What About Free Utility Solar Programs?
Another way that companies might say you can get solar panels for free is that your utility will pay for them. Again, a grain of truth. Some electric companies may allow you to sell the extra solar power you produce back to them/the electrical grid through an arrangement like net metering. But this is hardly a way to get “free solar.” Rather, it’s another way that solar may pay for itself over the long run.
The bottom line? Solar is a sound financial investment for many people, but it’s not a way to get rich quick.
As solar has grown in popularity, so have the number and sophistication of solar scams and half-truths.* Avoiding deals labeled as “free solar” is essential, but you should also be wary of promises about savings without enough information.
Will I Really Have No More Electricity Bill?
Get solar panels and cut all your ties with the electric company? That’s not quite how it works. Your solar panels may or may not offset all of the electricity you’re using, and you’ll still need electricity once the sun goes down if you don’t have battery backup.
Many factors determine your home’s total energy use, from the thickness of your windows to the efficiency of your home appliances.
Because of this, every home’s energy use is different. And that’s why it’s impossible for someone to tell you how much you could save with solar without seeing your electric bill.
The only way to truly know what you could save is by reviewing your historical electricity use (preferably over a 12-month span) or a sophisticated projection model for new homes, and then requesting a quote from a reputable solar installer. From there, you can get an accurate estimate for how much a solar system designed for your home could generate and how much money you could save.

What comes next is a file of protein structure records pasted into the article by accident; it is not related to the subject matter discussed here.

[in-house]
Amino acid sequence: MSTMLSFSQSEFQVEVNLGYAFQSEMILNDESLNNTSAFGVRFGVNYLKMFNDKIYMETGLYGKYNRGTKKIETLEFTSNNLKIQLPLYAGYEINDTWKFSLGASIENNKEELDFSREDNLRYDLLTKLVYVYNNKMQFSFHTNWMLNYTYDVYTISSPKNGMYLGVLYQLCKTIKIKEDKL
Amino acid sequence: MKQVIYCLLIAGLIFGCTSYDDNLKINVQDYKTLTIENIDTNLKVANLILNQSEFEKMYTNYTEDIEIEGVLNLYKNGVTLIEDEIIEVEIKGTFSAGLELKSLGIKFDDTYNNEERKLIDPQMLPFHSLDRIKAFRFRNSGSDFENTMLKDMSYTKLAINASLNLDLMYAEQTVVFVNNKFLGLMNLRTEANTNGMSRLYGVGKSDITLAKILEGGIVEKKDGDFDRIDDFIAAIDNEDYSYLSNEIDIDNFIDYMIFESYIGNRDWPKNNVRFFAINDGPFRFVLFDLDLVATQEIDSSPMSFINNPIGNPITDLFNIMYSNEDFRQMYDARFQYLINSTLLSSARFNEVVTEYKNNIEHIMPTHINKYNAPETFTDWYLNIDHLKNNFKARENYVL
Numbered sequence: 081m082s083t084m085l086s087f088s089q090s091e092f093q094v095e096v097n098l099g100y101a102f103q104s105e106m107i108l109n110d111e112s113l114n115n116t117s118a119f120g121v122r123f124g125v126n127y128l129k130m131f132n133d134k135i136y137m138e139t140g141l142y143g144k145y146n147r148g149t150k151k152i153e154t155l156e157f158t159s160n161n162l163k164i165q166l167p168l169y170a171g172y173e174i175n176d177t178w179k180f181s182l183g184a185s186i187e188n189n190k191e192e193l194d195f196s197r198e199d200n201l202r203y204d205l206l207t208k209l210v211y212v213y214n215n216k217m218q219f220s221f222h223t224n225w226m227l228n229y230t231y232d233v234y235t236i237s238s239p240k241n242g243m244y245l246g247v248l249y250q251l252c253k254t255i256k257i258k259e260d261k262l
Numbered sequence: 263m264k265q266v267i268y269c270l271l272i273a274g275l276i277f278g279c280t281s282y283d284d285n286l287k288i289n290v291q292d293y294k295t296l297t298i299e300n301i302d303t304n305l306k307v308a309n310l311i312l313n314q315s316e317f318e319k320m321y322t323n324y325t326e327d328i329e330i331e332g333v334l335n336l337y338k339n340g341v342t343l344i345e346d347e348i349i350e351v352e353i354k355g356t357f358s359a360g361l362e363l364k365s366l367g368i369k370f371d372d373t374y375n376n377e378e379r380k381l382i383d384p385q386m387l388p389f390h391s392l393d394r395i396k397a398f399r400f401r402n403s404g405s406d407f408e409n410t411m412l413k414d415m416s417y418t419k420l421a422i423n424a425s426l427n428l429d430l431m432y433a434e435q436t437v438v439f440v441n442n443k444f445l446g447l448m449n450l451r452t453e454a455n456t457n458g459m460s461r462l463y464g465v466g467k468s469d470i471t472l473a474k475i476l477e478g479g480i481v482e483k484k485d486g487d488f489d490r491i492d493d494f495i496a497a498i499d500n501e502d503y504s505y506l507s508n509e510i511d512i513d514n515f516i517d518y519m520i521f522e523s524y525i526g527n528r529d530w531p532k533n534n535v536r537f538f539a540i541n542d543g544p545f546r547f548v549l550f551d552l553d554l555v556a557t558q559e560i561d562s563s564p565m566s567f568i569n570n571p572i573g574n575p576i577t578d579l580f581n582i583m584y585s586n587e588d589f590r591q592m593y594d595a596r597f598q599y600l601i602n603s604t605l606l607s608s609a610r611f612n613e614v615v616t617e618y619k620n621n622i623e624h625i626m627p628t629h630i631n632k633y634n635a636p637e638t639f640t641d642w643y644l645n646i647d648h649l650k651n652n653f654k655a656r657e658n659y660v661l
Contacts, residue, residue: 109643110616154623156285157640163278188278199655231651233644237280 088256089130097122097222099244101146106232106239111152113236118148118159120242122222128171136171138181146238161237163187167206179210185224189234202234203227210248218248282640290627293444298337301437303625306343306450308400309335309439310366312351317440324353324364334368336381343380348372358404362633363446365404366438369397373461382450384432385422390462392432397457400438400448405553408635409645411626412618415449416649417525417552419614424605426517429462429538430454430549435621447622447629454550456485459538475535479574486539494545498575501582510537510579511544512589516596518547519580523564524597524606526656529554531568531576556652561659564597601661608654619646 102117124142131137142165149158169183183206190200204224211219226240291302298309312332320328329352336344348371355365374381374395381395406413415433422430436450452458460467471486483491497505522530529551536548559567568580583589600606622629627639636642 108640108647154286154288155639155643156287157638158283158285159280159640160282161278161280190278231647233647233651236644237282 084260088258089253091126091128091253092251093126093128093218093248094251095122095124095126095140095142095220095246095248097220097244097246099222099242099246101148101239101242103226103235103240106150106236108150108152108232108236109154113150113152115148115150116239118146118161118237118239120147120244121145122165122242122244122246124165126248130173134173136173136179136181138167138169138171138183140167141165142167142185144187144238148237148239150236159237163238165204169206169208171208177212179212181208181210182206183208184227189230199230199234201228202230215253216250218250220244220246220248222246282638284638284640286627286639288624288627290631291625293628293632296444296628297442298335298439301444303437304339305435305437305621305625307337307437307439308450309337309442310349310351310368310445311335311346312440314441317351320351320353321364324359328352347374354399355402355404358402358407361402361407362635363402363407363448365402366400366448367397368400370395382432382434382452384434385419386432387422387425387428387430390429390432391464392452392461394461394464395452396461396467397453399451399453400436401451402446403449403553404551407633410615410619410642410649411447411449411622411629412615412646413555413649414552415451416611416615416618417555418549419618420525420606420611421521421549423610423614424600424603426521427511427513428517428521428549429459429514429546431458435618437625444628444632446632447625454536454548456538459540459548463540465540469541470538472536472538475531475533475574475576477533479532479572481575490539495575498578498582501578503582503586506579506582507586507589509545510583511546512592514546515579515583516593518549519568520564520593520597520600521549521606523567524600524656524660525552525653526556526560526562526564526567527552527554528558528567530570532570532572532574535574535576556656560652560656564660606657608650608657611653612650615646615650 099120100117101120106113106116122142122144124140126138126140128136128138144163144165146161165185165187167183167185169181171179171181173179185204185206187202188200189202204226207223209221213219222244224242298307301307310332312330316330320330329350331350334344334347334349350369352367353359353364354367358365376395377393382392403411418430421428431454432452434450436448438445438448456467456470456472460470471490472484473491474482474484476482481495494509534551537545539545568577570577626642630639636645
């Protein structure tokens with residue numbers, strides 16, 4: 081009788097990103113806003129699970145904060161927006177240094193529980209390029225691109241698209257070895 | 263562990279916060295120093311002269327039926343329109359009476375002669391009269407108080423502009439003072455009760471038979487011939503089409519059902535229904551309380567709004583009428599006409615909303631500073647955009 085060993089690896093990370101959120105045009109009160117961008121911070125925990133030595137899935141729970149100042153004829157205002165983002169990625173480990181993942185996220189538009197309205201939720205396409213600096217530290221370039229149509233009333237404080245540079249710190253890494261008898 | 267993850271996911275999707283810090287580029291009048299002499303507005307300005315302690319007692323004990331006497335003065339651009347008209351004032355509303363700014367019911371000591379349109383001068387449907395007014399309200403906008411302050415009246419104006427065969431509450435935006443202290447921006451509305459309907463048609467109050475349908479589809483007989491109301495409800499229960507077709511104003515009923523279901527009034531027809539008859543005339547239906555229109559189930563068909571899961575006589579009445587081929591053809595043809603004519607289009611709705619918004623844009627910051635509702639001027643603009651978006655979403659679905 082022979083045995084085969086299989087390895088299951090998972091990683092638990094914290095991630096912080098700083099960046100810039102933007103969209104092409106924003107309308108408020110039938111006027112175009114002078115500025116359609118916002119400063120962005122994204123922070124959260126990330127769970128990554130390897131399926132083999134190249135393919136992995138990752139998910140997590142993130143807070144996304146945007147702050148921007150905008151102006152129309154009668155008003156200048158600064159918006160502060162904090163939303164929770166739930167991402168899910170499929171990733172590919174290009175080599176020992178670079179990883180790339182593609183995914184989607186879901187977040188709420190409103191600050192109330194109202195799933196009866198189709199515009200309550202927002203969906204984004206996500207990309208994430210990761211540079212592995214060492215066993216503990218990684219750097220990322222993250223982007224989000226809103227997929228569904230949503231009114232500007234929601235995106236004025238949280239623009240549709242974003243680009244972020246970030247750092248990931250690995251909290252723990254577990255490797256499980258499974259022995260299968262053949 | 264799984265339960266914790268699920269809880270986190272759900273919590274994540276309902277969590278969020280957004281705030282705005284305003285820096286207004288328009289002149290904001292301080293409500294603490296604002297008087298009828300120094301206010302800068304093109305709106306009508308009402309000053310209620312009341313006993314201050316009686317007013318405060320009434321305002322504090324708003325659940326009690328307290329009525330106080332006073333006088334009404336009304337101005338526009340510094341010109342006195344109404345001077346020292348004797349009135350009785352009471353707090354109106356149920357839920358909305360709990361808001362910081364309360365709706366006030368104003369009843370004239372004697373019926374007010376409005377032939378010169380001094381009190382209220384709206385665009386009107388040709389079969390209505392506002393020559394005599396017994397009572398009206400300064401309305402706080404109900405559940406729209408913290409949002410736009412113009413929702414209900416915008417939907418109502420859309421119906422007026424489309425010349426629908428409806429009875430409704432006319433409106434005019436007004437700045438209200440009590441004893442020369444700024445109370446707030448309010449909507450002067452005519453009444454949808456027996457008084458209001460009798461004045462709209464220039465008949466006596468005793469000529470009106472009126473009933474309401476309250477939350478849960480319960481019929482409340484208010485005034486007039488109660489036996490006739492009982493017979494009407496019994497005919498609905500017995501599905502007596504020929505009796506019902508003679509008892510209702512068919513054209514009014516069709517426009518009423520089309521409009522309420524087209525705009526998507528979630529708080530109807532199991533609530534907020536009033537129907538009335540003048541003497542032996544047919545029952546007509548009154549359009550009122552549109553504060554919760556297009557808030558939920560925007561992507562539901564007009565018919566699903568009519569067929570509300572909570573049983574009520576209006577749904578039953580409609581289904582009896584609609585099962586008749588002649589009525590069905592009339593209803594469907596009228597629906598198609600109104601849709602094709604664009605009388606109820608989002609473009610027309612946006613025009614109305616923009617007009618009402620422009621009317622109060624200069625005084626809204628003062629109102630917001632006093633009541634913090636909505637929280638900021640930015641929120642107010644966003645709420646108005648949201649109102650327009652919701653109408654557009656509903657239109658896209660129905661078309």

Be Wary of High-Pressure Sales Methods
If someone is using high-pressure sales tactics, like insisting a deal or incentive won’t be around if you don’t sign a contract that day, then you should be able to take a deep breath and ask for more time and information before making a choice. While their deals and incentives may sound good, this won’t make up for choosing the wrong solar company.
Obtaining all the necessary information beforehand is especially important since solar has such a long lifespan. By choosing a solar company that has both a history and a future, like publicly traded Sunnova, you can be confident that we’ll be around for years to come.
Going solar is a long-term commitment. Think of going solar like buying a car. After the initial investment, you’ll have to consider upkeep and replacement parts as the years pass. With a solar service provider like Sunnova, homeowners don’t have to worry about maintenance or repairs. Our 25-year protection covers the full term of your solar or solar plus storage system.
Do Your Research, Ask Questions
As you research, look for installers who are willing to answer your questions and are upfront about potential costs and any needed roof repairs. Don’t be shy about talking to your friends and neighbors about their experience and never feel pressured to make a quick decision.
Here are a few other tips:
- Get quotes and ask questions when the company rep calls
- Look into what financing option makes the most sense for your situation
- Avoid companies that want to start without a contract in place
- Not having a contract in place is a red flag (and may not even be legal in your area)
Sunnova has been in business since 2012. As of early 2023, we’ve served more than 245,000 customers spanning 40 states and territories. If a small installer goes out of business, or a poorly run company goes bankrupt, it can leave customers without system protection.
As a publicly traded company, Sunnova follows a strict code of ethics and operates under ESG guidelines for global environmental, social and governance practices. As we continue to grow, our customers can trust that Sunnova will be around for the long run.